Insights from BCC Research

In Space, No One Can Hear You Bio-Print Human Organs

Posted by Clayton Luz on Aug 24, 2016 10:00:00 AM

Two high-tech companies have teamed up to develop a 3-D bio-printer capable of manufacturing human organs and tissues in orbit. The joint effort could result in the ability to manufacture transplantable organs in space for patients on earth, and help enable long-duration human exploration of deep space.

Techshot Inc., a technology developer firm, paired up with nScrypt, Inc., a manufacturer of industrial 3-D bio-printers, to conduct their experiment last June aboard a zero-gravity plane 30,000 feet over the Gulf of Mexico.
The test repeatedly produced several seconds of sustained microgravity in which the consortium’s prototype resulted in the first successful printing of cardiac and vascular structures in zero gravity with adult human stem cells.
“The hardware worked flawlessly,” says John Vellinger, vice president of Techshot, who was aboard the aircraft and helped operate the printer in weightlessness. “We’re eager to take the technology to the next level.”
Data from the flight will be used to design and construct a smaller and more robust bio-printer, which Vellinger hopes to see launched and operated autonomously aboard a commercial suborbital space capsule next January. A version designed for the International Space Station (ISS), capable of printing thicker, more complex tissues is expected to follow in 2018.
Three-dimensional printing, also known as additive manufacturing, is the process of using additives to form solid three-dimensional (3-D) objects of virtually any shape from a digital model, explains BCC Research analyst Andrew McWilliams.
“It’s achieved using specially formulated additives such as plastics that are formed into successive layers of material typically laid down on a platform in different shapes. Three-dimensional printing is uniquely distinct from a more traditional 3-D sculpting technique, which relies on the removal of layers, known as subtractive manufacturing, to produce a three-dimensional object.”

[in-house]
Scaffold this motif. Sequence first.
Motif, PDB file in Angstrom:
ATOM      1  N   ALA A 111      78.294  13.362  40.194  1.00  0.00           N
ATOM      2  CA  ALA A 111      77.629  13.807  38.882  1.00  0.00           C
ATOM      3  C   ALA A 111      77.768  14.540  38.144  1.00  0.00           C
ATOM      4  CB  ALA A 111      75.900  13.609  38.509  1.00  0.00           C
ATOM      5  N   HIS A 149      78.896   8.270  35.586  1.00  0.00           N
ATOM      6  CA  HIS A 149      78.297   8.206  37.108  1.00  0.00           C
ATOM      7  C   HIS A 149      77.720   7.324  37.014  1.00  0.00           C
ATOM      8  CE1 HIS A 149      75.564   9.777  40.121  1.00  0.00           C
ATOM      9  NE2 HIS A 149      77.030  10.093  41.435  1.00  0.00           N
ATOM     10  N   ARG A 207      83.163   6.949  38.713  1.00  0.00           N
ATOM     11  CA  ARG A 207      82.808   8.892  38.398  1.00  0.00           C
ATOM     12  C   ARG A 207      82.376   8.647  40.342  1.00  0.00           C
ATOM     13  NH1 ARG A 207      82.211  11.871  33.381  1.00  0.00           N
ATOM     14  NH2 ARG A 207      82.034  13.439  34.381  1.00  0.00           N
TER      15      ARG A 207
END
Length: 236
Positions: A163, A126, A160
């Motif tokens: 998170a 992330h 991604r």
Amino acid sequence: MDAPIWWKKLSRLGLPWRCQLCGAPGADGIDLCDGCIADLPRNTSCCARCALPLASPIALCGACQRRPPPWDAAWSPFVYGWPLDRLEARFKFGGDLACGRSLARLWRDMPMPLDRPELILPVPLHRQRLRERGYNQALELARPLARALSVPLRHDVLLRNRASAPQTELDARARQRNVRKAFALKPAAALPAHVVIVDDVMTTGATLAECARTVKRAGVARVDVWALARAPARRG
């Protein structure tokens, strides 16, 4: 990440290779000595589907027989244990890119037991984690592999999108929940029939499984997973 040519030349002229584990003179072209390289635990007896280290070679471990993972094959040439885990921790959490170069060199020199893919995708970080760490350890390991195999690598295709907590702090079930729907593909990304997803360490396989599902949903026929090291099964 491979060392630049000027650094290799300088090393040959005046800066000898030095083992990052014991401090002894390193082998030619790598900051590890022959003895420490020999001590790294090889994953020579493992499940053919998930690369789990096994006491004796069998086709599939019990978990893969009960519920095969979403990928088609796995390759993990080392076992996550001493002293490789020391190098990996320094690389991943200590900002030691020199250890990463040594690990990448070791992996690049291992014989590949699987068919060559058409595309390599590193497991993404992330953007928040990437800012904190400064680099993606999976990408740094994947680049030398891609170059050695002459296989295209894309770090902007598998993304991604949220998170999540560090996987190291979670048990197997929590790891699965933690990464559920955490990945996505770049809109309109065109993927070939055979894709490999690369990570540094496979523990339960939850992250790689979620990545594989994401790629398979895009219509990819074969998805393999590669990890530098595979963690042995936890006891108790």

Additives are the materials used to form solid objects via 3-D printing. The additive material can be a liquid, powder or sheet material that is cured by heat, ultraviolet light, a chemical reaction or another method.
McWilliams says that for simpler organs such as bladders, or cartilaginous structures such as ears or the trachea, 3-D bio-printing uses a “scaffold” designed in CAD and then 3-D printed to shape the organ, using a biocompatible material.
“A bio-ink made up of the organ’s cells or stem cells in the form of a hydrogel is then manually deposited to fill and cover the scaffold, which dissolves over time, leaving just the organic tissues,” he says. “The bio-ink is a hydrogel formed by different types of cells and distributed by multiple syringes. These are deposited, one on top of the other, in two-dimensional multicellular strips, forming the different combinations of cells and capillaries.”
In the case of more complex organs such as liver, heart or kidneys, which consist of many different cells, this method may not be appropriate. In such cases, cellular fabrics and scaffolds need to be printed directly and simultaneously in 3-D.
An important key to creating viable tissue in space is the ability to precisely place and buildup very fine layers of bio-ink. With the capability to print layers several times smaller than a human hair, professional-grade 3-D bioprinters and 3-D electronics printers from nScrypt feature the finest print tips made, some of which are nearly as small as a single human cell.
“On earth, 3-D bio-printing requires the use of thick bio-inks that can contain chemicals and other materials necessary to provide structural support,” said Techshot chief scientist Eugene Boland, who also was aboard the flight. “But printing tissues in space allows us to use finer print tips and lower viscosity bio-inks that contain only the biological materials needed to create a healthy organ. A space-based bio-printer has the potential to be a major game changer for human healthcare.”
Besides biological structures, the prototype device also printed electrically conductive and dielectric (insulative) material during the June airborne test. Organs and tissues printed later aboard the ISS will include built in pacing wires and biosensors. A beating human heart patch is expected to be the first tissue attempted aboard the station.
According to McWilliams, 3-D printed tissues are mostly used for medical research efforts like introducing disease to monitor how the tissue reacts and how future treatments may be developed. He notes that the printing of whole organs could be a reality within the next decade, assuming that regulatory authorities approve.

Topics: Advanced Materials